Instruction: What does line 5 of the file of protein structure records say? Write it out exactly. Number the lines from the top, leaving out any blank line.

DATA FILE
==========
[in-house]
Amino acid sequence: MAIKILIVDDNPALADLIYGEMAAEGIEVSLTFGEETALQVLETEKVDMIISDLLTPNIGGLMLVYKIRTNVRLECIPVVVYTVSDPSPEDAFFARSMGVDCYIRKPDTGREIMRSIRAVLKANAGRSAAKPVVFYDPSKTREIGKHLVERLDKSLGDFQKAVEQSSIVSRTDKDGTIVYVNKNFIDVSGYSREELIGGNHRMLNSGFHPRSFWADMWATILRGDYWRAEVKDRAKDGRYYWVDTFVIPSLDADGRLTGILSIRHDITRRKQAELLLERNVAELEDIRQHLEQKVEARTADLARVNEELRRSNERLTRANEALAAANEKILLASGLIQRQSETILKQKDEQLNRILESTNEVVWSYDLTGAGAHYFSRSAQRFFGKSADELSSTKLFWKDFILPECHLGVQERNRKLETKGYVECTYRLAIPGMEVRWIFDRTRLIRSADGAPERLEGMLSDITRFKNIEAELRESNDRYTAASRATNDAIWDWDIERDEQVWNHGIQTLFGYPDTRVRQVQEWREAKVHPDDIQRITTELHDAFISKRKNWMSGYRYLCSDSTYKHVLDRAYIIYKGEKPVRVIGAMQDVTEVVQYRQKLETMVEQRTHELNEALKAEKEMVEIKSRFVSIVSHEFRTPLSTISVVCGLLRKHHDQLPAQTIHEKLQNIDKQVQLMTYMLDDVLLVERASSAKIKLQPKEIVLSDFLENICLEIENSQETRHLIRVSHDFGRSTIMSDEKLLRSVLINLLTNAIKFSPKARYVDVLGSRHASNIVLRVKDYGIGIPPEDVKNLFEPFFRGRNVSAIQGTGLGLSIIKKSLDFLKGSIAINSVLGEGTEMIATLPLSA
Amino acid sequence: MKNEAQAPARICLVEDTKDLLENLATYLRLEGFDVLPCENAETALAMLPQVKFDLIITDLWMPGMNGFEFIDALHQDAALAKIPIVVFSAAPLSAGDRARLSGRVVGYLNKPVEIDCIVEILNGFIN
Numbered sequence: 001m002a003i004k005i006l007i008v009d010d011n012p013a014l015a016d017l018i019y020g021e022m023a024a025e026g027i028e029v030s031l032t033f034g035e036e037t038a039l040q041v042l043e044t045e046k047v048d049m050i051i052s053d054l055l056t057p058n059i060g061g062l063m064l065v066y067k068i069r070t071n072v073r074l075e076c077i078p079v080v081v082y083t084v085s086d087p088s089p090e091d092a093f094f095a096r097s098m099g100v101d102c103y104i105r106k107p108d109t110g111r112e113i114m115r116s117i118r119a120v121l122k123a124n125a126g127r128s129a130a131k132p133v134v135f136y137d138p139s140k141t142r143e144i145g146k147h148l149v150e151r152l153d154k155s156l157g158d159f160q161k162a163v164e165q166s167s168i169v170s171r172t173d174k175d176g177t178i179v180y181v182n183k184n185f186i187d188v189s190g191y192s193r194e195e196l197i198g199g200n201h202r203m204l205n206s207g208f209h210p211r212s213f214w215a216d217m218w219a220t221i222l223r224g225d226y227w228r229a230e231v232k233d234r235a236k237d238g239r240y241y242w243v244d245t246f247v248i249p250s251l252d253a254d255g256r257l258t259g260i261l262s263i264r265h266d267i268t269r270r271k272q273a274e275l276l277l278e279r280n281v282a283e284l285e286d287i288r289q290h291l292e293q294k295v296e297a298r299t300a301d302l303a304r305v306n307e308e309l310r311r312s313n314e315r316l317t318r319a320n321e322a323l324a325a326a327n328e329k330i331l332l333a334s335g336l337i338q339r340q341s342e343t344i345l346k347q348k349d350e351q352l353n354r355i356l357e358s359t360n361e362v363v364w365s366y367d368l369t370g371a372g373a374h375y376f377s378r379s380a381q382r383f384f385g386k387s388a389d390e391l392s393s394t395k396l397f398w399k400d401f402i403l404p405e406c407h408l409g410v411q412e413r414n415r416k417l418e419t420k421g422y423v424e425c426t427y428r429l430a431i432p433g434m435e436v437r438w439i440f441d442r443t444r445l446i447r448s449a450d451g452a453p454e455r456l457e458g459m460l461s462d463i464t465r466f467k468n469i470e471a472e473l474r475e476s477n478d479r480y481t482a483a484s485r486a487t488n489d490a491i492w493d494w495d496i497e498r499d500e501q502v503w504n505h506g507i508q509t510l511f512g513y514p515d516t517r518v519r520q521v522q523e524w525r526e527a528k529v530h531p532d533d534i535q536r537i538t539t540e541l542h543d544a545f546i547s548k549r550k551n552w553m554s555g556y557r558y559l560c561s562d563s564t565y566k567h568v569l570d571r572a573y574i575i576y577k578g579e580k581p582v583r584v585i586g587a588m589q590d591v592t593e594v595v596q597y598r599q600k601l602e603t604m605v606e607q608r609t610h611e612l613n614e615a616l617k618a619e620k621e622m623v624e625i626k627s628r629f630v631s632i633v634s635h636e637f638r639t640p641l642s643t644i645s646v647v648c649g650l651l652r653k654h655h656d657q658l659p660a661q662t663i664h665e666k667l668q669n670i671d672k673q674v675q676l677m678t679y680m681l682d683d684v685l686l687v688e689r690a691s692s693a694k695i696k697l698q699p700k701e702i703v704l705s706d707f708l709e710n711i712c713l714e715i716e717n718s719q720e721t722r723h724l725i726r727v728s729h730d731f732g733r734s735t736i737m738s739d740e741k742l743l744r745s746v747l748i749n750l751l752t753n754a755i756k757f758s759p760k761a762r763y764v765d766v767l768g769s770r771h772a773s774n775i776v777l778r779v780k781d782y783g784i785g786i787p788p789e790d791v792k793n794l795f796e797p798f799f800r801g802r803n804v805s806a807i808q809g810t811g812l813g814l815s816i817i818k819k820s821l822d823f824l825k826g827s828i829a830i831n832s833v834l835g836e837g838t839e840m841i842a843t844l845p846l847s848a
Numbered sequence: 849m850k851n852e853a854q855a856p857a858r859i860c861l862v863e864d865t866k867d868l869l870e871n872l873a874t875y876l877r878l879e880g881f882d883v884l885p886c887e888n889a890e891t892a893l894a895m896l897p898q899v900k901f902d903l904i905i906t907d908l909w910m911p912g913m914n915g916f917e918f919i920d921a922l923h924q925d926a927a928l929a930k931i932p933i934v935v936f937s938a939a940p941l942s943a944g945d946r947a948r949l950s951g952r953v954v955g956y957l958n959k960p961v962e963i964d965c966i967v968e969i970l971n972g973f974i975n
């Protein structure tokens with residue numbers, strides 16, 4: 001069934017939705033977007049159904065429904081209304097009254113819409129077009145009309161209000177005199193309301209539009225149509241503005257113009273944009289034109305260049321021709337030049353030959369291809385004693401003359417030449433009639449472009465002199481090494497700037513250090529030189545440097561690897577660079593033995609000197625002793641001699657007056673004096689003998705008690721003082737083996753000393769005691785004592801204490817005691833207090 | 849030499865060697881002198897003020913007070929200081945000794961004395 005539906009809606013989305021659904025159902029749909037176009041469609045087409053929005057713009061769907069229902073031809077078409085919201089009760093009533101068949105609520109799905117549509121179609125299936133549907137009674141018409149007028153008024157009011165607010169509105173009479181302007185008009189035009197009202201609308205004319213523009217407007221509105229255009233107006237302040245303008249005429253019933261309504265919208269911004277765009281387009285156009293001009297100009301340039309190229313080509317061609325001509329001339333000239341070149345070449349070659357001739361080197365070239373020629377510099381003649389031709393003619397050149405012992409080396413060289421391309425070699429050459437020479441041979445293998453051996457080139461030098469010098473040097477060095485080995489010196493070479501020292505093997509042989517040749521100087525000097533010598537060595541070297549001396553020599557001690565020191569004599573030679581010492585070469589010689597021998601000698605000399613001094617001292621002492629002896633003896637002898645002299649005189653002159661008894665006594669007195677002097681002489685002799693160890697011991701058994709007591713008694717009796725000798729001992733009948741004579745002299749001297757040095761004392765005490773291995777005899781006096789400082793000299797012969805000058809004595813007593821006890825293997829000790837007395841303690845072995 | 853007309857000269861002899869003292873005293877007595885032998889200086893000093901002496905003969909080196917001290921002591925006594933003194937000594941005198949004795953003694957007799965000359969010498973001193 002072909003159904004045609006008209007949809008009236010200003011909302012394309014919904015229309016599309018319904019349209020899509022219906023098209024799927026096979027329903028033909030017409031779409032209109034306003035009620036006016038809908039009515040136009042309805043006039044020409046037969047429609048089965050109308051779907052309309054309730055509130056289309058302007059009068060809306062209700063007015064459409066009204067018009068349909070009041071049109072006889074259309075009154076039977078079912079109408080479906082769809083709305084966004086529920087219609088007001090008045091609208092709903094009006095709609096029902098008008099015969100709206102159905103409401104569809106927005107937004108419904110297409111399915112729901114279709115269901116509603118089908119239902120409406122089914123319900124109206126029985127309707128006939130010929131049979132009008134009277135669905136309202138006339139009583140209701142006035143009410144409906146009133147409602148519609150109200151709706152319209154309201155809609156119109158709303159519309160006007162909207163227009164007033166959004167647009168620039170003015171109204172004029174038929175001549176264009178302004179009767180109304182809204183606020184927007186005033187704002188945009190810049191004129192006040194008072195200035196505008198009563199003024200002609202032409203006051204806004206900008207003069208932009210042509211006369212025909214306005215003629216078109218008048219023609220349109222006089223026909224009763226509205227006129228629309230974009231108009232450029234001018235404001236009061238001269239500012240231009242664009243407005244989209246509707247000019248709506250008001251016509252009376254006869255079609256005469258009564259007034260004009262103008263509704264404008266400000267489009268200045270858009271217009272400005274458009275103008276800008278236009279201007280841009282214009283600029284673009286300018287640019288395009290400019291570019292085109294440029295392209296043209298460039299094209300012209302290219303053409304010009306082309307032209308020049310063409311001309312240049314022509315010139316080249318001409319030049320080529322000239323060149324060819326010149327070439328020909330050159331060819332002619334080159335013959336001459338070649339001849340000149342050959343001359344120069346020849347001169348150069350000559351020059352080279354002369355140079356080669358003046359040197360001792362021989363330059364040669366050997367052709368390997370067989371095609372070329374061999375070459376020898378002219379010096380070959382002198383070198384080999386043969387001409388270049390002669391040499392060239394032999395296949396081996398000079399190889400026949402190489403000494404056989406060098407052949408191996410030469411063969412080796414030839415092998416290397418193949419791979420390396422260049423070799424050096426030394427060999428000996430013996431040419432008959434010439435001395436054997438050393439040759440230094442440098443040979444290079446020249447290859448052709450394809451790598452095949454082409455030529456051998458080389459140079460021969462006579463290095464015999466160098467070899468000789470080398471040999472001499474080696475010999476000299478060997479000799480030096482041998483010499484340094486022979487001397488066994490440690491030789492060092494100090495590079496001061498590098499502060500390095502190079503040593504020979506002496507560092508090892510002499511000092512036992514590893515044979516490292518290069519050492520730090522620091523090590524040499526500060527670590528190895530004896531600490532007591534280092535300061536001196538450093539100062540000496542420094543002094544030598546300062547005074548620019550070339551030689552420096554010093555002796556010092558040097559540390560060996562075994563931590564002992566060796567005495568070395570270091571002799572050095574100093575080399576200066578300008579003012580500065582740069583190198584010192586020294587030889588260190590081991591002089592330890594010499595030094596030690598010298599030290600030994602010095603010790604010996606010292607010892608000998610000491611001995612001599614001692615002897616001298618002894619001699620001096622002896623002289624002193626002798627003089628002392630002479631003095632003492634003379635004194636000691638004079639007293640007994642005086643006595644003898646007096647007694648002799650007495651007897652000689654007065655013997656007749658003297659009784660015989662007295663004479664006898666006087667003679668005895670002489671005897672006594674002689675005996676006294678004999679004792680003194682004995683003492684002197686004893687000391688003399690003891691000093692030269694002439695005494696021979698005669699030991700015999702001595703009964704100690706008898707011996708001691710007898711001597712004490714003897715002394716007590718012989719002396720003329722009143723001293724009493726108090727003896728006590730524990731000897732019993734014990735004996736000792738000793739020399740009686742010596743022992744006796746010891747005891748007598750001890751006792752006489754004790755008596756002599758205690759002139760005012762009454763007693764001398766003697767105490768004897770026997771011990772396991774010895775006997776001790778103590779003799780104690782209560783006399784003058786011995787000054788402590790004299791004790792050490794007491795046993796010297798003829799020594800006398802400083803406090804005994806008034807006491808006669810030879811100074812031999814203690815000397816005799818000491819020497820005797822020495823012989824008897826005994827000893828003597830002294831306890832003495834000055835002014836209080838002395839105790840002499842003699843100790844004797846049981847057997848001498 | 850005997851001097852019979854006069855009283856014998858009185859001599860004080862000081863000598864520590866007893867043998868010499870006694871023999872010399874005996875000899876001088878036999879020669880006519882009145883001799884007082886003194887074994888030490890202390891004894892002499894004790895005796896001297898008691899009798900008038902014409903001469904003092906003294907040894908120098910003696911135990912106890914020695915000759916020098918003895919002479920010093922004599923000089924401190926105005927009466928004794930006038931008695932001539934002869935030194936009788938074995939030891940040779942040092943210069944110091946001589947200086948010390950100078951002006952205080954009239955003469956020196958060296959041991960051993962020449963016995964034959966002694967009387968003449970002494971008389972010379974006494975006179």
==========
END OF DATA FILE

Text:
Numbered sequence: 849m850k851n852e853a854q855a856p857a858r859i860c861l862v863e864d865t866k867d868l869l870e871n872l873a874t875y876l877r878l879e880g881f882d883v884l885p886c887e888n889a890e891t892a893l894a895m896l897p898q899v900k901f902d903l904i905i906t907d908l909w910m911p912g913m914n915g916f917e918f919i920d921a922l923h924q925d926a927a928l929a930k931i932p933i934v935v936f937s938a939a940p941l942s943a944g945d946r947a948r949l950s951g952r953v954v955g956y957l958n959k960p961v962e963i964d965c966i967v968e969i970l971n972g973f974i975n